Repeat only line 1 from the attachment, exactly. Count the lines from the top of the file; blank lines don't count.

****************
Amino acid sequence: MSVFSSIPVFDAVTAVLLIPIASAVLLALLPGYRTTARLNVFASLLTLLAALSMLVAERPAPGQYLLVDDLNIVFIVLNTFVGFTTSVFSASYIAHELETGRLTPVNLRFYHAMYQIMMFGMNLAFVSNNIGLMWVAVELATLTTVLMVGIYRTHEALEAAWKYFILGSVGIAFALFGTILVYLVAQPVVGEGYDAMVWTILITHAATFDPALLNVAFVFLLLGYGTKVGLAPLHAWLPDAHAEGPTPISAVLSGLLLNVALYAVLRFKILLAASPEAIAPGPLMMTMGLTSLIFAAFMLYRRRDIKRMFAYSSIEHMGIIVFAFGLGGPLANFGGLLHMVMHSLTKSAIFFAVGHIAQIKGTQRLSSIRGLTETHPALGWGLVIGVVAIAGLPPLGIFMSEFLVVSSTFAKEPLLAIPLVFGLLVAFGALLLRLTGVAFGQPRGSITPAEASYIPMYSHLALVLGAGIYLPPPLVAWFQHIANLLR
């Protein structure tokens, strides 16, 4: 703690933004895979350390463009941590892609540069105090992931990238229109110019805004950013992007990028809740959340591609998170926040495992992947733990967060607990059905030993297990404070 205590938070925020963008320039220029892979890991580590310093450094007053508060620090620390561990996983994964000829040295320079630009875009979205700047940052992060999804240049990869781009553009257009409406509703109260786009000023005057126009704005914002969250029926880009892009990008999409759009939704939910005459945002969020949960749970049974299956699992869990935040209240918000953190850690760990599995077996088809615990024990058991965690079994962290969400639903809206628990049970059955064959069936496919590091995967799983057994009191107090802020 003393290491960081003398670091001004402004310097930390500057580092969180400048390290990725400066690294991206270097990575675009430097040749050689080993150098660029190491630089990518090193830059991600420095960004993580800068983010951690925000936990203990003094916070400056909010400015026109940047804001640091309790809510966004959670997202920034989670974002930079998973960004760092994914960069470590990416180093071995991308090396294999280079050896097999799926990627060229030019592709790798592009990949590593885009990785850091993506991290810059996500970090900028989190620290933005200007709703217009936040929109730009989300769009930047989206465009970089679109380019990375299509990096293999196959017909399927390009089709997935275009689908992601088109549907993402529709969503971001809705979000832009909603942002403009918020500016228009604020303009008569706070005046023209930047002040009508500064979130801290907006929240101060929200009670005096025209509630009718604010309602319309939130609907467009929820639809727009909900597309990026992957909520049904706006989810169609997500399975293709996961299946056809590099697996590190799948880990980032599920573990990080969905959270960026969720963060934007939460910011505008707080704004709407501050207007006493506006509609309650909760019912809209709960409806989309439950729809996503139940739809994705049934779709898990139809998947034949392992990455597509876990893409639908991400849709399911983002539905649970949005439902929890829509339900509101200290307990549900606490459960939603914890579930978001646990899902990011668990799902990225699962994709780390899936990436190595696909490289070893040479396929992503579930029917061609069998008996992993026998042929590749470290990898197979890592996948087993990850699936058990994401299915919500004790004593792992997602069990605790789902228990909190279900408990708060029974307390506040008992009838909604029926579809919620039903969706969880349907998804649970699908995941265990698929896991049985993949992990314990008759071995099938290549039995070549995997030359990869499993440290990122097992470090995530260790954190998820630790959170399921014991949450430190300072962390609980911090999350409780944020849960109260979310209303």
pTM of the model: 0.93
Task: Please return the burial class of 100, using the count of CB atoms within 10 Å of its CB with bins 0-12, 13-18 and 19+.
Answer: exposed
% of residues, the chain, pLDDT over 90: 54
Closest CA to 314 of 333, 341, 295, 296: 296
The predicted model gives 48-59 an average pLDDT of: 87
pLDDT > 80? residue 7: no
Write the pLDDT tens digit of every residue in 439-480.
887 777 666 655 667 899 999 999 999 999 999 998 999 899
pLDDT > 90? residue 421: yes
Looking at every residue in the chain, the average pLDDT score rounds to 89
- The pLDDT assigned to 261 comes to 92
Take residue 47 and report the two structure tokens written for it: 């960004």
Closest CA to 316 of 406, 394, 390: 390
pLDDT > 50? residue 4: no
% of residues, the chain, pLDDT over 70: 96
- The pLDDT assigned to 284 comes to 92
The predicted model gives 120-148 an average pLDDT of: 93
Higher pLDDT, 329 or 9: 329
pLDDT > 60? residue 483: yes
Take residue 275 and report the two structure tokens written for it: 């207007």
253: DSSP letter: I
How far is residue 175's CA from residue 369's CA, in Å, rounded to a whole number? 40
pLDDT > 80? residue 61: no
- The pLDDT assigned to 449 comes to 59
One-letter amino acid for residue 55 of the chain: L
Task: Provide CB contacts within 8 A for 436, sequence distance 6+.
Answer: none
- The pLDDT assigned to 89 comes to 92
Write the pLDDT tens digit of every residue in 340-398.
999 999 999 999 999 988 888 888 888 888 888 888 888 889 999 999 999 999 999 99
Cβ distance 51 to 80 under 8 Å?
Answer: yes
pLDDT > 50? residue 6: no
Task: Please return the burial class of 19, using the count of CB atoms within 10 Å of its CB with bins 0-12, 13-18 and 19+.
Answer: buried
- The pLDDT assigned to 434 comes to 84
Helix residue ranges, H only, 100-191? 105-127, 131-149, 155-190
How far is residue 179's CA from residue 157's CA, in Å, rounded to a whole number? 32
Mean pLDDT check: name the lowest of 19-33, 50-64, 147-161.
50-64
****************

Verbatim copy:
Amino acid sequence: MSVFSSIPVFDAVTAVLLIPIASAVLLALLPGYRTTARLNVFASLLTLLAALSMLVAERPAPGQYLLVDDLNIVFIVLNTFVGFTTSVFSASYIAHELETGRLTPVNLRFYHAMYQIMMFGMNLAFVSNNIGLMWVAVELATLTTVLMVGIYRTHEALEAAWKYFILGSVGIAFALFGTILVYLVAQPVVGEGYDAMVWTILITHAATFDPALLNVAFVFLLLGYGTKVGLAPLHAWLPDAHAEGPTPISAVLSGLLLNVALYAVLRFKILLAASPEAIAPGPLMMTMGLTSLIFAAFMLYRRRDIKRMFAYSSIEHMGIIVFAFGLGGPLANFGGLLHMVMHSLTKSAIFFAVGHIAQIKGTQRLSSIRGLTETHPALGWGLVIGVVAIAGLPPLGIFMSEFLVVSSTFAKEPLLAIPLVFGLLVAFGALLLRLTGVAFGQPRGSITPAEASYIPMYSHLALVLGAGIYLPPPLVAWFQHIANLLR